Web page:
• Thank you so much for your kind words! You made my day! If you have any problems or questions while you’re crocheting, please don’t hesitate to ask. I hope my instructions are clear. Thank you again. -Kristy

      Reply
  3. Lucilia

     /  January 25, 2013

    Oh….where is your next post (teaching how to connect the pieces together?) ? Thanks

    Reply
  4. Susan Snell

     /  January 31, 2013

    Either I am dense or simply old, most likely a combination of both. lol! I need a little clarification regarding round 4 of this fabulous headband. my difficulty is the chain 3 placement between the initial “skip 1 sc” segments (there are 2 in a row, separated by a chain 3) I am at a loss about working that first chain 3. do I skip one sc and and anchor the chain with a slip stitch. help help!! : )

    Reply
    • Hello Susan – You’re not dense. I’m probably just not very good at writing crochet patterns. OK, I hope I can explain this crazy pattern more clearly. The chain three spaces in round 4 will straddle the 4 cluster stitches from round 2. So, for round 4, you do the first three sc, then ch3 and anchor it with a sc after skipping over the sc that lines up with the cluster stitch from round 2. Also, the reason for skipping the center stitch (if you were wondering) is because with some yarns (including the bamboo I used for this example) the square tends to pucker, so taking out the one center stitch helps it lay flatter. With some yarn, like the 100% cotton Patons Grace yarn I also use, I don’t skip the center stitch as it seems to lay flatter with it. So it really depends on the yarn you’re using. If you find that it’s puckering, leave the center stitch out. If it’s curling up at the edges, put the center sc back. I hope this helps. If not, please reply back. Happy hooking!!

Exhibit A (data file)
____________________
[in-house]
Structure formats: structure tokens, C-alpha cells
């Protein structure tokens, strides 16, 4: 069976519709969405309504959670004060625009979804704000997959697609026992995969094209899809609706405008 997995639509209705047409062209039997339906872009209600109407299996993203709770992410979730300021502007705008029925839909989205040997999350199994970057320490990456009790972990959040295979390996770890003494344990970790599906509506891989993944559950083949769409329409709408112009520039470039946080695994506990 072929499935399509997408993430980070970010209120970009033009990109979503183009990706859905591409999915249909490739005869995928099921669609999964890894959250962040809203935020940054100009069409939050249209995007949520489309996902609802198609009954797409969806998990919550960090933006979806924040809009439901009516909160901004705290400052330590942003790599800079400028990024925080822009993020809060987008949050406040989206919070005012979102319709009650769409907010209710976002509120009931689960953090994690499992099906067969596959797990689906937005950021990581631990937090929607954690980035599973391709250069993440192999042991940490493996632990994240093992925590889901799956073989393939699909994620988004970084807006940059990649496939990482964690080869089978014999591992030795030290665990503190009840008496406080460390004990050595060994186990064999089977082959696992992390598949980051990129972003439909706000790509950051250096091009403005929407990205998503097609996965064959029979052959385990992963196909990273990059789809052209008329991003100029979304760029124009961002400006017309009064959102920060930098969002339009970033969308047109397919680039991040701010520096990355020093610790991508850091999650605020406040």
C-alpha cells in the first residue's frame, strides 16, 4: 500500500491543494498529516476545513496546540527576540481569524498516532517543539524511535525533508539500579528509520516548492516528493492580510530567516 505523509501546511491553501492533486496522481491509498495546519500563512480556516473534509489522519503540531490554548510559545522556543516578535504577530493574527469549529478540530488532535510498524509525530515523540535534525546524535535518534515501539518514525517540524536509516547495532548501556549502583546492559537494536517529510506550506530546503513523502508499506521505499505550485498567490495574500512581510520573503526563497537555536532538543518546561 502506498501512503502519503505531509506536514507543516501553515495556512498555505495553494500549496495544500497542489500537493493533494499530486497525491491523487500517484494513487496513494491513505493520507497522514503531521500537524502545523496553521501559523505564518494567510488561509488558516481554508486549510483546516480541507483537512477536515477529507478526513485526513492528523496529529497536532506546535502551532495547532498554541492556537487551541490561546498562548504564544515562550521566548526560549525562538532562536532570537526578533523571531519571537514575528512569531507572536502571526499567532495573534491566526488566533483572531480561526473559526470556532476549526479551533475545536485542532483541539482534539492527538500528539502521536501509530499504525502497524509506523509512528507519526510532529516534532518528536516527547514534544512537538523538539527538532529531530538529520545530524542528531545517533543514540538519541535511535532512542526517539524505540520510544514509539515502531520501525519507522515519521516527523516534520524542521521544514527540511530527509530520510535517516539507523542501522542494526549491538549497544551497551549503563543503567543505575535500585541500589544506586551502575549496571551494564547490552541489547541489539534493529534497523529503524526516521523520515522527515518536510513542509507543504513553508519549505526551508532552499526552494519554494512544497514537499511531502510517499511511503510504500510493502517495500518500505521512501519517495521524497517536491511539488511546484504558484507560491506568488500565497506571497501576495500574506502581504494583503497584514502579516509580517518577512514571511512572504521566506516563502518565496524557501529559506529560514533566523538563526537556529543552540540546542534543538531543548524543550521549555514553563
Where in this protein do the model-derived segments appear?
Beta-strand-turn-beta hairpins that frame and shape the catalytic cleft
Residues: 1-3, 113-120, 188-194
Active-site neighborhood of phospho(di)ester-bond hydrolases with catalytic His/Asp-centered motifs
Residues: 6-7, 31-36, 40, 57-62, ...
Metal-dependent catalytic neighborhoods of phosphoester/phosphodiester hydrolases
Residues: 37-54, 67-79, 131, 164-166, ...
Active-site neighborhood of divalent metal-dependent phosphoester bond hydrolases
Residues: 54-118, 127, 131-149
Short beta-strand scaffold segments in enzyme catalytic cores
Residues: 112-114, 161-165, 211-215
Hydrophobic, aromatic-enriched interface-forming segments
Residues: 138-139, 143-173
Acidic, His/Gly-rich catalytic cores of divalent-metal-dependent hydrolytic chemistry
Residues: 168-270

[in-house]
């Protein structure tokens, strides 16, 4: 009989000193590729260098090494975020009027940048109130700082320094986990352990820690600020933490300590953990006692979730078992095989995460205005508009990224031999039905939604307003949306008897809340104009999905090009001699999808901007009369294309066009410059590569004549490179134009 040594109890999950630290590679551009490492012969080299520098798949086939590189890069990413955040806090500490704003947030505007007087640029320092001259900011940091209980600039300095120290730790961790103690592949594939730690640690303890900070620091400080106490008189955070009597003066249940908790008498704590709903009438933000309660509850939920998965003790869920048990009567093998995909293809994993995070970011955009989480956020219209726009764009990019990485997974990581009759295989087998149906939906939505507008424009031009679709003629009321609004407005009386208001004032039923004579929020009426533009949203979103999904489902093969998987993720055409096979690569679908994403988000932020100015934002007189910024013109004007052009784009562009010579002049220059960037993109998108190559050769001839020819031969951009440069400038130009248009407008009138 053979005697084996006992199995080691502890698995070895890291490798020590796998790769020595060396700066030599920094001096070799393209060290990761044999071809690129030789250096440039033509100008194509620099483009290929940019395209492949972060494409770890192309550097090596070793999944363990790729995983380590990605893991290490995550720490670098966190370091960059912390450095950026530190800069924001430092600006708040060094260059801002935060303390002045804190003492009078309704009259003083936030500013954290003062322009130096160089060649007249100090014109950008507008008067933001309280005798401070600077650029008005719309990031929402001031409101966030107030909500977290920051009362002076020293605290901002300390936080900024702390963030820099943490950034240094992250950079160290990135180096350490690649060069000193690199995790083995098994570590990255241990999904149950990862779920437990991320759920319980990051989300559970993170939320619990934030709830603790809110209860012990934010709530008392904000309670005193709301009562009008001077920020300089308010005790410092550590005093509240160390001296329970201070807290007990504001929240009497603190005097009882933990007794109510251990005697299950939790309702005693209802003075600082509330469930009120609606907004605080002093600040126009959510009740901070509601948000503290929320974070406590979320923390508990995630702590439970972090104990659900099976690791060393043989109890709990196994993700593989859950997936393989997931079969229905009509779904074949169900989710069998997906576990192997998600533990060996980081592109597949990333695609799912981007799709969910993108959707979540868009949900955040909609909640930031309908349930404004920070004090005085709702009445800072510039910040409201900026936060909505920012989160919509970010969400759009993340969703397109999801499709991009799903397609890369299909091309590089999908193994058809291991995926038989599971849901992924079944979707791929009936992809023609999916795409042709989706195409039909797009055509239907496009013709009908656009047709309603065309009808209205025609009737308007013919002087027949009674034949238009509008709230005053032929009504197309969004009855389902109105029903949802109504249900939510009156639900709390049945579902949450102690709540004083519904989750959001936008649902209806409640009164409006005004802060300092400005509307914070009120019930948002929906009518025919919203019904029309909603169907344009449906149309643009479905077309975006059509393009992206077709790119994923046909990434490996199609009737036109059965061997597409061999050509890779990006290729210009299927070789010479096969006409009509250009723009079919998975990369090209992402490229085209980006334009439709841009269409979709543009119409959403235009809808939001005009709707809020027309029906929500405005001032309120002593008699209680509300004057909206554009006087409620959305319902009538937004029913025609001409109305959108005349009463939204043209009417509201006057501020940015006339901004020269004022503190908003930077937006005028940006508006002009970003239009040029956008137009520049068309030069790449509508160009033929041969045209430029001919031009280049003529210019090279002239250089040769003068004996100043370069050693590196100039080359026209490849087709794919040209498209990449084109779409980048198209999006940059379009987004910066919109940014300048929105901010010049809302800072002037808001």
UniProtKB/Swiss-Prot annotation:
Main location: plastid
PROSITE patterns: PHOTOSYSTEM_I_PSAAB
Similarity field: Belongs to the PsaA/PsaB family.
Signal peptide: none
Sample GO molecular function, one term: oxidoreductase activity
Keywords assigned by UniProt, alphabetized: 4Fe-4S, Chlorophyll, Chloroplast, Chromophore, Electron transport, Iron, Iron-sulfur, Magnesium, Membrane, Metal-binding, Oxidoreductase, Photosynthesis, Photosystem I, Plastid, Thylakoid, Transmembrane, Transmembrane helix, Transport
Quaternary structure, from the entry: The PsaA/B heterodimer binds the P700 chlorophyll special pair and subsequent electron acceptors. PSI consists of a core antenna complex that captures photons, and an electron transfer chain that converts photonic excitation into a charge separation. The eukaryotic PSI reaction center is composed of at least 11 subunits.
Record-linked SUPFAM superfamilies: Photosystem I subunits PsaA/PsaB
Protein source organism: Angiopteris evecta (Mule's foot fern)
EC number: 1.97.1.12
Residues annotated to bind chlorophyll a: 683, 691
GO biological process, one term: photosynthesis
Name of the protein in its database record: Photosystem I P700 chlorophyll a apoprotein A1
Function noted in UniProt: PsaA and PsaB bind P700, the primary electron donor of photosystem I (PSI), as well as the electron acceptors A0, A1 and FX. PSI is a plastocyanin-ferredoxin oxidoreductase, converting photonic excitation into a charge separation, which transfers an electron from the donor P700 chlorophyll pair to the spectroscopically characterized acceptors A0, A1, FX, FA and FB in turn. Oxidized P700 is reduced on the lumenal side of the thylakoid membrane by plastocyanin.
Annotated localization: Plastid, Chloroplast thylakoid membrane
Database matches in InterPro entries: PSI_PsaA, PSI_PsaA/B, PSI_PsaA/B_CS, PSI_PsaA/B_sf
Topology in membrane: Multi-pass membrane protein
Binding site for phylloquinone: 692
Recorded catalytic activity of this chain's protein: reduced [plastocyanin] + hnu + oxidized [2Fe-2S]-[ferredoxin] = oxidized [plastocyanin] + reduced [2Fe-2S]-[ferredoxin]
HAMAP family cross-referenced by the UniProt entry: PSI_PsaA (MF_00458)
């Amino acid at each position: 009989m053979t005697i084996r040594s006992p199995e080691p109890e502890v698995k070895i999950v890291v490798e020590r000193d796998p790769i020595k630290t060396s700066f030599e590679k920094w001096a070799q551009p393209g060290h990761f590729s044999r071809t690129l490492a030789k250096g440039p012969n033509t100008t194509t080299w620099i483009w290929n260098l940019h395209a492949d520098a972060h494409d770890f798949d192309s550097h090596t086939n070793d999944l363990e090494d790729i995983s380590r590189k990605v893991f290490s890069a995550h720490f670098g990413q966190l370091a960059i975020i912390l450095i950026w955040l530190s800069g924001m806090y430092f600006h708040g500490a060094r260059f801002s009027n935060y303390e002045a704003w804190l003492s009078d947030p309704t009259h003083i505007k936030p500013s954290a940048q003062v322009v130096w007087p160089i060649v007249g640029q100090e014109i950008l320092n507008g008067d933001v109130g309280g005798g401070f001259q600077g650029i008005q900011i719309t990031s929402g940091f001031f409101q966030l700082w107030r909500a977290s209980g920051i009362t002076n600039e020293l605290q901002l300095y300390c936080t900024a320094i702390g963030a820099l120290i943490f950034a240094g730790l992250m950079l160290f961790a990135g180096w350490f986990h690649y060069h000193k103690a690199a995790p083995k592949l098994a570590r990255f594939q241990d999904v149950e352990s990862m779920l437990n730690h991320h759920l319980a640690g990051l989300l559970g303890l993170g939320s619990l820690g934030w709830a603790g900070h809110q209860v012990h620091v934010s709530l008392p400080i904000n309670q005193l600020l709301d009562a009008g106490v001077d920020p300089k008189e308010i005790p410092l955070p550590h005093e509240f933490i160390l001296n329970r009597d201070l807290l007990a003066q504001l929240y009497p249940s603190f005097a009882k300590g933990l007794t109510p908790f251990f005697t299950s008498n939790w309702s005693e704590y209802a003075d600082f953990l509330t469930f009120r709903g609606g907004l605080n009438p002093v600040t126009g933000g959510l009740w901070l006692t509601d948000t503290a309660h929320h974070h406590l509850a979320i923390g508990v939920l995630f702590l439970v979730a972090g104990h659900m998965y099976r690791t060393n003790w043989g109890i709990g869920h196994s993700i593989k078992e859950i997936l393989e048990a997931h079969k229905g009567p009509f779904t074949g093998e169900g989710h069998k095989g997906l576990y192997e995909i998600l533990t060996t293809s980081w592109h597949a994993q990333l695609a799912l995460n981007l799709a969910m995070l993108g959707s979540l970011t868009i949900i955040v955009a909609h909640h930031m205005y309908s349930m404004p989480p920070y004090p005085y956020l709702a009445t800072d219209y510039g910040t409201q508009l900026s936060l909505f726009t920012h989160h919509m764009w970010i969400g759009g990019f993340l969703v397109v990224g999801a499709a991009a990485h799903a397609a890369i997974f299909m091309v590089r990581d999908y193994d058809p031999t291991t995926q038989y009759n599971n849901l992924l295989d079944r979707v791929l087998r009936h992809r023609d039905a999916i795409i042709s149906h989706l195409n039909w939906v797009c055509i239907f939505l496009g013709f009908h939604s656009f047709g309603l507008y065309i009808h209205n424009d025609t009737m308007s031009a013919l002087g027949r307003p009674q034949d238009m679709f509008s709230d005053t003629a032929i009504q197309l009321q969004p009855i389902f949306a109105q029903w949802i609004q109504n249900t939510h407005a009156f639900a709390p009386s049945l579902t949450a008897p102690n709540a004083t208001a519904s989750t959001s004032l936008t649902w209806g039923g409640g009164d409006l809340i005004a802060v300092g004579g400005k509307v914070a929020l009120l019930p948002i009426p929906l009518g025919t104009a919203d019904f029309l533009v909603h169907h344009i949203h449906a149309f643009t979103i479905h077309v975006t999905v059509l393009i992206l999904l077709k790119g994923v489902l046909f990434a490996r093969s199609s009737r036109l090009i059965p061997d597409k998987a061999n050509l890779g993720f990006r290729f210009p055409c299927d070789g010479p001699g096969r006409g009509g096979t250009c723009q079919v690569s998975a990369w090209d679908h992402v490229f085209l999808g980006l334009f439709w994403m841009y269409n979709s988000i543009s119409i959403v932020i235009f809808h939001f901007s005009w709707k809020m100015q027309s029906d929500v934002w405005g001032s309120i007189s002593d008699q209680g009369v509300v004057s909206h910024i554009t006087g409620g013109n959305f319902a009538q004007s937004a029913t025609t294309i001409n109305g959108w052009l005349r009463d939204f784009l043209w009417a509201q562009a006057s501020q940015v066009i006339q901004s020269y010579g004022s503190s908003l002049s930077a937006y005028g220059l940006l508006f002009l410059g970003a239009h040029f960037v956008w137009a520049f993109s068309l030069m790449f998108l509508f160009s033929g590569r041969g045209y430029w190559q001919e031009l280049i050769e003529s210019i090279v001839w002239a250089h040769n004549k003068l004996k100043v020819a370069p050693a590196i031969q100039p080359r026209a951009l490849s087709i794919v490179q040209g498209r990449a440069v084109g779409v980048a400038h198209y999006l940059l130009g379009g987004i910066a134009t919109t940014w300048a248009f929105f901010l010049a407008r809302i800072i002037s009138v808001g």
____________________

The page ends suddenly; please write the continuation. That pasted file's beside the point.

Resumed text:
Reply
      • Susan

         /  January 31, 2013

        Perfect…many thanks for the great explanation with the extra nuance about the puckering. I’m on my way to completing your darling creation! I happen to be using Patons SWS, working very well, but then I crochet very tightly. You are so very right, that extra sc would lend itself to puckering. Again many thanks, most especially for your lightening quick response!
        : )

  5. Susan, I’m so glad my explanation actually made sense! I hope your headband came out nice!! Thanks again!

    Reply
  6. Fran Douglas

     /  February 28, 2013

    Hi Kristy, It’s been my experience that directions aren’t always easy to follow. I would like to say that you’ve done a great job with your instructions. I am working on the headband you’ve designed. Your design is beautiful!
    I hope mine comes out as nice…….raising the standard for ourselves helps us to grow. Thank you for sharing your artistic talent and inspiration. Fran in MN

    Reply
    • Thank you so much and I’m glad to hear my instructions were clear. I hope you enjoyed making the headband. I’d love to see a photo of the finished product. If you have any questions or problems don’t hesitate to ask.
      Thanks again!!!
      Kristy

      Reply
  1. We have been busy